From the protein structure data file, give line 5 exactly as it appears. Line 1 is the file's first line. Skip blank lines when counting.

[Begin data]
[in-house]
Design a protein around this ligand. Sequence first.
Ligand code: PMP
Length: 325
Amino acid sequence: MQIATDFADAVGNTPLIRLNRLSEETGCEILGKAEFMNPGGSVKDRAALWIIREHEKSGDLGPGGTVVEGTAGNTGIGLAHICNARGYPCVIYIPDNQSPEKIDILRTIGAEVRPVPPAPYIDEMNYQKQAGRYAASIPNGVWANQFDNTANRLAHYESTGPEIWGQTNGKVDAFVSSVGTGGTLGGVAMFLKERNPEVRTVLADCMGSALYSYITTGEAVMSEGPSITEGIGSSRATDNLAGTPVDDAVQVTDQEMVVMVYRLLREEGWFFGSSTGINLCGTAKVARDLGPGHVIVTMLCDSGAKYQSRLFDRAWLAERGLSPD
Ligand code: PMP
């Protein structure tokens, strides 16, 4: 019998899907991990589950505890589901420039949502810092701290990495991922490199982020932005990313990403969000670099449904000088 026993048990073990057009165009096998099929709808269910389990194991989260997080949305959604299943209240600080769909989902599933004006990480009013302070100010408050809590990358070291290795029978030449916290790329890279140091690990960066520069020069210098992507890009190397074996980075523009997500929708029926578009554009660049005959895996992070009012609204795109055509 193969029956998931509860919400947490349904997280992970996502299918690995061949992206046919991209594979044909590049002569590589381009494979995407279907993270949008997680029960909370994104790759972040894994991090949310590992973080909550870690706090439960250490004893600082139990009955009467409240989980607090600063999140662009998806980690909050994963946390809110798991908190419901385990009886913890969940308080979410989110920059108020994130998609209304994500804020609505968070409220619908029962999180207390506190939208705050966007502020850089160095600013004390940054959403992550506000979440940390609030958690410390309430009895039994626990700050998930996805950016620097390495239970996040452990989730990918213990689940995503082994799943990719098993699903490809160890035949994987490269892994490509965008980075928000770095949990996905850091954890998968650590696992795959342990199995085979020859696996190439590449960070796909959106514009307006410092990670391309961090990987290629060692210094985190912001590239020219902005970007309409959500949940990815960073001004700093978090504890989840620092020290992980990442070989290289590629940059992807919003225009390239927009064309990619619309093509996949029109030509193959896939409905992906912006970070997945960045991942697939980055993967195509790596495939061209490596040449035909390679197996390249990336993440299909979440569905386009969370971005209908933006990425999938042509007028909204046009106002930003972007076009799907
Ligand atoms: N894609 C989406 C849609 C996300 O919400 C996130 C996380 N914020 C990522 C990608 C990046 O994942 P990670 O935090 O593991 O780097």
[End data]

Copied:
Amino acid sequence: MQIATDFADAVGNTPLIRLNRLSEETGCEILGKAEFMNPGGSVKDRAALWIIREHEKSGDLGPGGTVVEGTAGNTGIGLAHICNARGYPCVIYIPDNQSPEKIDILRTIGAEVRPVPPAPYIDEMNYQKQAGRYAASIPNGVWANQFDNTANRLAHYESTGPEIWGQTNGKVDAFVSSVGTGGTLGGVAMFLKERNPEVRTVLADCMGSALYSYITTGEAVMSEGPSITEGIGSSRATDNLAGTPVDDAVQVTDQEMVVMVYRLLREEGWFFGSSTGINLCGTAKVARDLGPGHVIVTMLCDSGAKYQSRLFDRAWLAERGLSPD